New Hampshire Democrats who until recently were boasting about their Black Lives Matter bona fides were no-shows at a major #BLM event in Concord this weekend, yet another sign that candidates are re-thinking their political calculations as the election approaches.

Jordan Thompson, an organizer with Black Lives Matter Nashua, told NHPR the lack of any elected officials at Friday evening’s protest was “a slap in the face” to the movement and its organizers. During his speech to the 200 or so people gathered at the steps of the New Hampshire Supreme Court, Thompson said, “This [Black Lives Matter] is an issue that transcends party lines. There are elected officials in the Democratic party who are beholden to law enforcement, that are afraid of real change.”

This view is in line with reporting by NHJournal that New Hampshire Democrats running for office are assuring BLM leaders privately of their support for the cause but won’t say so publicly because they’re in “tight races.” Only three current officeholders showed up for a #BLM Seacoast event a week ago, and one of them refused to sign the organization’s list of policy demands.

Where have all the politicians gone? Good question. Just a few months ago, Republican Gov. Chris Sununu was one of the many elected officials announcing his support for Black Lives Matter. At the height of the COVID-19 pandemic, he urged Granite Staters to violate his own stay-at-home order to participate in rallies with hundreds of people.

Today, few New Hampshire candidates appear willing to embrace the policy proposals pushed by the state’s BLM organizations. Those include a ban on school resource police officers, requiring police officers to be personally liable for any lawsuits filed against them, and monitoring their personal social media for problematic posting.

Perhaps these politicians have watched Democratic candidate for governor state Sen. Dan Feltes struggle with these issues. Feltes publicly embraced a set of BLM demands from the Nashua and Manchester chapters in June calling on politicians to (among other things) “take specific steps to reverse the disproportionate incarceration of Black and brown people in New Hampshire within your first 300 days as Governor.”

When asked by WMUR’s Adam Sexton, “Can you give the public a sense of how many inmates you expect to release?” Feltes had no answer. Instead, he talked about sentencing reform and changing how people convicted of crimes in the future would be treated. That’s not what BLM is demanding.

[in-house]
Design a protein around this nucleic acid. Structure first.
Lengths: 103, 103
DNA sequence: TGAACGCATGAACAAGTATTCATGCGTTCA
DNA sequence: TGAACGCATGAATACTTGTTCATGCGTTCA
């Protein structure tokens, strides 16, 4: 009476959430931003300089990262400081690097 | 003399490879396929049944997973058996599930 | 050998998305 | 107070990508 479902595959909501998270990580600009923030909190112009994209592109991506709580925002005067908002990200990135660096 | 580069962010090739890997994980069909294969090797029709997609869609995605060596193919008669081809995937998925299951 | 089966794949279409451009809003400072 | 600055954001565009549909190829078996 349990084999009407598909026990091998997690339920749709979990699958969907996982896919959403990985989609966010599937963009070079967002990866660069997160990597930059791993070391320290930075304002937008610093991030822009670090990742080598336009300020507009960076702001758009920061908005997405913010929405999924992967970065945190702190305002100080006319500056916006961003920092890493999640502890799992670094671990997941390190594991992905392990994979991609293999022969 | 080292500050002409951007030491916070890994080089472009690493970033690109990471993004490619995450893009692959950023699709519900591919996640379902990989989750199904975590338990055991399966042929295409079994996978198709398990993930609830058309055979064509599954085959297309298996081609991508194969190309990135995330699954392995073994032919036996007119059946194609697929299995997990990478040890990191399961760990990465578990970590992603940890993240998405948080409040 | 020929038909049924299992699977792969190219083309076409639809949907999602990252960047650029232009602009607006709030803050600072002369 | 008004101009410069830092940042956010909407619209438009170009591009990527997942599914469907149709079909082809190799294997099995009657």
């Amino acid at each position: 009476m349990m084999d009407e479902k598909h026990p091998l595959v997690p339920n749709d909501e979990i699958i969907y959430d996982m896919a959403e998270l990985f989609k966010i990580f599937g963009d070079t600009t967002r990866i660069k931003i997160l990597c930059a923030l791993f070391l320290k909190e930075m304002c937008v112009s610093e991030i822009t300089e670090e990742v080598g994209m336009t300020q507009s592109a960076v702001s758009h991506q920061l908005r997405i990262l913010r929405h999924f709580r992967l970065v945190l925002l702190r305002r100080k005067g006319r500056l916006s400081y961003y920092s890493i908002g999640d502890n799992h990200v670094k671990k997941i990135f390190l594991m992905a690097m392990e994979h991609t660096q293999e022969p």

And at Friday’s rally, BLM Manchester activist Ronelle Tshiela, who served on Gov. Chris Sununu’s Commission on Law Enforcement Accountability, Community, and Transparency, told the crowd the commission was unwilling to deal with the contentious issue of qualified immunity. Ending it, as BLM is demanding, would strip police officers of protections that keep them from being sued personally for actions on the job.

“People [on the commission] did not want to talk about qualified and official immunity. They didn’t want to make recommendations about qualified and official immunity,” Tshiela said. “New Hampshire is not innocent, and we need to continue to fight for our lives before somebody else has to do it for us.”

If Granite Staters are “not innocent” of racism and live in a state that is, as BLM, Feltes and other Democrats insist, “systemically racist,” then Granite Staters themselves must be racists. Whether or not it’s true, smearing voters “racists” is a problematic political strategy at best.

Add unpopular policy proposals like releasing criminals from prison early and banning resource officers from schools, and it’s hardly a surprise that politicians are no-shows. And polls show Americans are less supportive of the BLM movement as a whole than they were just a few months ago.

The poll from The Associated Press-NORC Center for Public Affairs Research finds that 44 percent of Americans disapprove of protests in response to police violence against Black Americans, while 39 approve. In June, 54 percent approved. Pew found this shift is pronounced among white Americans. Just 35 percent approve of the protests now, while 50 percent disapprove. In June, those numbers were almost reversed.

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A new Pew Survey Research poll taken around the same time also found support for BLM among white people had fallen 15 points in just a few weeks, from 60 percent approval to 45 percent.

New Hampshire’s voting population is about 93 percent white.